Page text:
I was therefore surprised and dismayed when Tony Blair's mug immediately appeared above the parapet threatening all kinds of dire retribution against the perpetrators of the outrage, and firmly establishing the UK in the eyes of the extremists as America's number one supporter. Was that really necessary? Couldn't we have shown our solidarity with America in more appropriate ways? Did we really need to fan the flames of hatred with such rhetoric, setting ourselves up as a sitting target for attacks on our own soil?

Now look at the headlines today: 'The US and Britain launch strikes'. No other nations are even mentioned in the world press, even though there are plenty who are working behind the scenes to counter the terrorist threat. We are now in the front line for future terrorist attacks. As one of your correspondents has already pointed out, if a Conservative government had responded in such an aggressive way to the current crisis the Labour party would be up in arms about it. Where are the voices of reason and caution in the Labour party? Or has the shiny new cult of Tony 'I'm a World Statesman' Blair rendered them all dumb?"

Thursday, July 07, 2005

A woman finds herself in a situation where she isn't employable. Or maybe she has interests like child-rearing, cooking and home-maintenance that keep her from getting a job. So what does she do? She cooks up a scheme to entrap a man using her body as the bait. It's frightening, but it happens every day in this country.
read more ...

President Bush delighted an intimate gathering of White House dinner guests with a spirited, off-the-cuff discussion of the Roman poet Virgil's lesser-known works.
read more ...

Wednesday, July 06, 2005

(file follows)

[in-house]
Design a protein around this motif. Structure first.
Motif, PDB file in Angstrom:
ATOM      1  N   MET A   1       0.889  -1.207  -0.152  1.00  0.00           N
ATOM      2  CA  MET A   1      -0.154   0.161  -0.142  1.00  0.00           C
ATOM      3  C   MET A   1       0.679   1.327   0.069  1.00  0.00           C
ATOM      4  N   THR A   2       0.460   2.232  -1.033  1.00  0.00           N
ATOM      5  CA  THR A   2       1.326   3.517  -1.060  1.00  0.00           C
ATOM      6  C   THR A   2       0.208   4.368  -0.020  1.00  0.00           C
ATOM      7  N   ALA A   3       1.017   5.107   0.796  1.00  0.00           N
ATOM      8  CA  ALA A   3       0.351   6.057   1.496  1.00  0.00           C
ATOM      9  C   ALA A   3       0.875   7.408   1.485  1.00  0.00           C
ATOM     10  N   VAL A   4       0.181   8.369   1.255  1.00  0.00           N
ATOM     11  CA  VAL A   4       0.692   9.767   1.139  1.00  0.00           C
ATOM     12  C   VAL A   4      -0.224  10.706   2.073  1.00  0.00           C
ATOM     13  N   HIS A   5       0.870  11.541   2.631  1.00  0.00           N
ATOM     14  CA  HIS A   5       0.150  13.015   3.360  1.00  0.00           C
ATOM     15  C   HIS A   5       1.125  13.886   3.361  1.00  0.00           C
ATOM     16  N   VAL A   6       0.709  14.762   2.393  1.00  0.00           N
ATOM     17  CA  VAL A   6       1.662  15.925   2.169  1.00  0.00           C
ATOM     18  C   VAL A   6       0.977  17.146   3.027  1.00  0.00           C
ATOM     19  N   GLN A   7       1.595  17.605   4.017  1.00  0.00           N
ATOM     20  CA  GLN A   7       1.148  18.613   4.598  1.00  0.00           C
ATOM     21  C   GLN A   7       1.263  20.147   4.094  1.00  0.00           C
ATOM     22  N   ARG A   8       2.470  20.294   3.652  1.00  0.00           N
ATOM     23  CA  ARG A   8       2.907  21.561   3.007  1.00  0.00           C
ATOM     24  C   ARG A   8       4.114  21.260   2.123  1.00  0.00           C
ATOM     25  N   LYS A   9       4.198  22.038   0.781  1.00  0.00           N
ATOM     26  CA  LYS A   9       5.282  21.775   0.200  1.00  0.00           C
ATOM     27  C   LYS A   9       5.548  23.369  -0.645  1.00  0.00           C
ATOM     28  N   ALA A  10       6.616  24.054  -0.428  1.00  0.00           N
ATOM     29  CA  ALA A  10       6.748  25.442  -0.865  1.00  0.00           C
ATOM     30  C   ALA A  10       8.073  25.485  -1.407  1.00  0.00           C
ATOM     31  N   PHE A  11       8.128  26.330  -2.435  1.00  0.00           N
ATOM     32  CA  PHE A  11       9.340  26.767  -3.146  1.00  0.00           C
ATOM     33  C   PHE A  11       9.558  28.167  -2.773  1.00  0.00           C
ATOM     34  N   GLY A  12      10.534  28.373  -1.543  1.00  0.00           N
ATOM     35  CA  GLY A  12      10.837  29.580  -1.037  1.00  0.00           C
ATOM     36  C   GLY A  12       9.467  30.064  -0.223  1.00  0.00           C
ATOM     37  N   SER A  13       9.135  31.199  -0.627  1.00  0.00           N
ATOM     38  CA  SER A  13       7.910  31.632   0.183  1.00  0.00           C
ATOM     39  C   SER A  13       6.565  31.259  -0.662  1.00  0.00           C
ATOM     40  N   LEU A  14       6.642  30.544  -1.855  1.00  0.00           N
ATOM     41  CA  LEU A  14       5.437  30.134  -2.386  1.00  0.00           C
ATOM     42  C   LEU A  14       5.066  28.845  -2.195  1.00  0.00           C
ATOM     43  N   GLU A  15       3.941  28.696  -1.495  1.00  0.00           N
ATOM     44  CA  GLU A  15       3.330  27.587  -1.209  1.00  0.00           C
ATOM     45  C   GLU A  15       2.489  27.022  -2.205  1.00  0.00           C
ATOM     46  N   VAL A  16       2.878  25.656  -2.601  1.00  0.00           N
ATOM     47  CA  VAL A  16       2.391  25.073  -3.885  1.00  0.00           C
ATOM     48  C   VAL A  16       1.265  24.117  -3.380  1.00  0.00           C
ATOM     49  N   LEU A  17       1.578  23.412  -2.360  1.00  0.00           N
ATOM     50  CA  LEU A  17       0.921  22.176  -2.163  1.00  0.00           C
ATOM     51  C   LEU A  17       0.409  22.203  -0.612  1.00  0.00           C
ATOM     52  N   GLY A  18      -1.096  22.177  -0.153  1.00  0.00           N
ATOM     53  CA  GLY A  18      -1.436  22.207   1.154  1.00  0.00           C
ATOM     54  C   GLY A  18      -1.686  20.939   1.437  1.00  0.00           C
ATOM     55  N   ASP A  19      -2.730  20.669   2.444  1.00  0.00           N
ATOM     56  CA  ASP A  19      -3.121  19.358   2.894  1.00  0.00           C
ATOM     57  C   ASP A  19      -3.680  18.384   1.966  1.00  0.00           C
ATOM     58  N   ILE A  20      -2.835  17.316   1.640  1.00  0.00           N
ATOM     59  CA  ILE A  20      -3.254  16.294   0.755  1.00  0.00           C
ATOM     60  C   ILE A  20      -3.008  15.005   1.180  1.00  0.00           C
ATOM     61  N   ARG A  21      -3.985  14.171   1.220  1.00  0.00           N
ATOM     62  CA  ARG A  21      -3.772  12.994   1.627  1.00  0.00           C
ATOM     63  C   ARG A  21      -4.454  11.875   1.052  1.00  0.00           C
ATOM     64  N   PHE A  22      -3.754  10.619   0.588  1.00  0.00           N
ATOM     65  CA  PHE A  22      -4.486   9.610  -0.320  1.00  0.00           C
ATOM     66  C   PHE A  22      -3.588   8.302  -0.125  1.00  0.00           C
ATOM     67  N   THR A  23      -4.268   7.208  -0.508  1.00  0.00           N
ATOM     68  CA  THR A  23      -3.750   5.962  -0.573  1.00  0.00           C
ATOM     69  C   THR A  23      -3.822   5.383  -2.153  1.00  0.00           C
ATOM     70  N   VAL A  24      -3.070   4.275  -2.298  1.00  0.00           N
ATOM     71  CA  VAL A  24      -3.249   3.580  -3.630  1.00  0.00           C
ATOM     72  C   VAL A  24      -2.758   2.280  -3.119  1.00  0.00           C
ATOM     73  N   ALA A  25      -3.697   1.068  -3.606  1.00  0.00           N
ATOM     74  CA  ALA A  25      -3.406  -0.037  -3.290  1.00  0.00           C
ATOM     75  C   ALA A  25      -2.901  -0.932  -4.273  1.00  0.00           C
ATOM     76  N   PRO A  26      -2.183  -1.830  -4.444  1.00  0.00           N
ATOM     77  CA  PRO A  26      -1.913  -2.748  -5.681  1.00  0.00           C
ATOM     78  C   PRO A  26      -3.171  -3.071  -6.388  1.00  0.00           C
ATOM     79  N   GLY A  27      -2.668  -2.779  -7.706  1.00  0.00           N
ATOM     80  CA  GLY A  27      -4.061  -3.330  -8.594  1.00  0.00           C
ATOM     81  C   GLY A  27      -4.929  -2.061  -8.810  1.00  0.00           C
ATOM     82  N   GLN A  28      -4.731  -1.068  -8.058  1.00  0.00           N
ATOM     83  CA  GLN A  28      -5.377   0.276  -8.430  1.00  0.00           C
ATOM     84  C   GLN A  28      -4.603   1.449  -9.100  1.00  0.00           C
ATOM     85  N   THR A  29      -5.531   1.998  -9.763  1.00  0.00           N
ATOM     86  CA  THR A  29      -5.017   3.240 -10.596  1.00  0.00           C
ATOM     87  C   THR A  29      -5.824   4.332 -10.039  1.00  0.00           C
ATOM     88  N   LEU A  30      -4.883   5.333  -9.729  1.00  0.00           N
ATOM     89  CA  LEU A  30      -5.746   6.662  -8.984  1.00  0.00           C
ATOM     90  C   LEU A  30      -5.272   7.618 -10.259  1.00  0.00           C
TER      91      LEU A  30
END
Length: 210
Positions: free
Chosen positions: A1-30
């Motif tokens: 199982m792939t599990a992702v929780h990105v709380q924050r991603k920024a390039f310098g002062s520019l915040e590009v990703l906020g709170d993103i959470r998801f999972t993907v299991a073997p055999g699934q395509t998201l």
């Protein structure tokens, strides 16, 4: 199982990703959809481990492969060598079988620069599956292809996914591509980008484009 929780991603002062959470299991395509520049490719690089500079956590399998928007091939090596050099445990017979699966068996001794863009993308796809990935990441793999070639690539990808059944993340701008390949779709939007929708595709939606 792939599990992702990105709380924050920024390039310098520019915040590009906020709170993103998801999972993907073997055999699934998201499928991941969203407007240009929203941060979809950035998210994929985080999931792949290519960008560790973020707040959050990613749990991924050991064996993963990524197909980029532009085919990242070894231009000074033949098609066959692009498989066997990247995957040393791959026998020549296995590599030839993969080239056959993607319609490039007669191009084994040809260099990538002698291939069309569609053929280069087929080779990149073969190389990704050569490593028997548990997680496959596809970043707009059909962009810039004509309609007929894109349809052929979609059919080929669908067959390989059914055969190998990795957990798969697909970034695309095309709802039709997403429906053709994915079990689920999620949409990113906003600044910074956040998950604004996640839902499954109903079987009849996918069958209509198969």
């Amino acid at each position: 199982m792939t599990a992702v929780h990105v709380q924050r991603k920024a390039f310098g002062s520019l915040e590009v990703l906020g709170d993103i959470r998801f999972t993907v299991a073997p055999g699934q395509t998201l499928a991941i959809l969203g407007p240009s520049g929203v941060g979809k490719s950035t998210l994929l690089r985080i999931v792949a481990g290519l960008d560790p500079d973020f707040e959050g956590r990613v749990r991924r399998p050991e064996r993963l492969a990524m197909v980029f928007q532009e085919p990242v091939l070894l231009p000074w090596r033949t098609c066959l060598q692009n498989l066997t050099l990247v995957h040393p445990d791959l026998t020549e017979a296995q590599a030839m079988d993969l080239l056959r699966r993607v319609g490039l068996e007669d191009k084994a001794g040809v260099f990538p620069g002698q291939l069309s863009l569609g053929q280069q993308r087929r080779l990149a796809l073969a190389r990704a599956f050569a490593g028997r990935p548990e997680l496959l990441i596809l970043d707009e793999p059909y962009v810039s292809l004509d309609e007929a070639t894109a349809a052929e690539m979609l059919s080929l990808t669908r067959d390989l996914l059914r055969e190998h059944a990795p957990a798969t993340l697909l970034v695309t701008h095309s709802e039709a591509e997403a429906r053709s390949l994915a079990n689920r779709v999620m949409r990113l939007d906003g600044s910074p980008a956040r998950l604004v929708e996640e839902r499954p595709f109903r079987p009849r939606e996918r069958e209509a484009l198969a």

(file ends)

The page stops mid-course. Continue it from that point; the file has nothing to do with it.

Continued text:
news snippet
who: Human cannonball Todd Christian
what: Fired from circus because he is afraid of flying

Vladimir: We have to come back tomorrow.
Estragon: What for?
Vladimir: To wait for Godot.
Estragon: Ah! (silence) He didn't come?
Vladimir: No.

Samuel Becket, from 'Waiting for Godot'
volvos and oranges ... the new face of marketing

Tuesday, July 05, 2005

a swift shuffle

Pogues ~ Rake at the Gates of Hell
Aimee Mann ~ Girls Talk
Grandaddy ~ I'm on Standby
Dandy Warhols ~ Bohemian Like You
McGarrigle Sisters ~ Alice Bluegown
Mekons ~ Take His Name in Vain
Sex Pistols ~ Pretty Vacant
Nico ~ Fairest of the Seasons
Merci-S ~ Summer Days
Pink Floyd ~ Julia Dream

Which reminds me, did anyone see Pink Floyd's great version of Comfortably Numb at the London Live 8 concert?

'In everything that concerned his art, Beethoven is so true and so sovereign that no artist dares approach him. In the rest of his life, however, he is so naive that you can do anything you like with him.'
Bettina von Arnim, in a letter to Goethe

Well nowadays you can do anything you like with Beethoven's art too, as this proves. Out of interest, and wanting to get my money's worth out of my broadband subscription, I downloaded the whole shebang here, and it's really quite relaxing, although I obviously haven't listened to it all. Eno was right. Anyone can make ambient music now. Even Beethoven.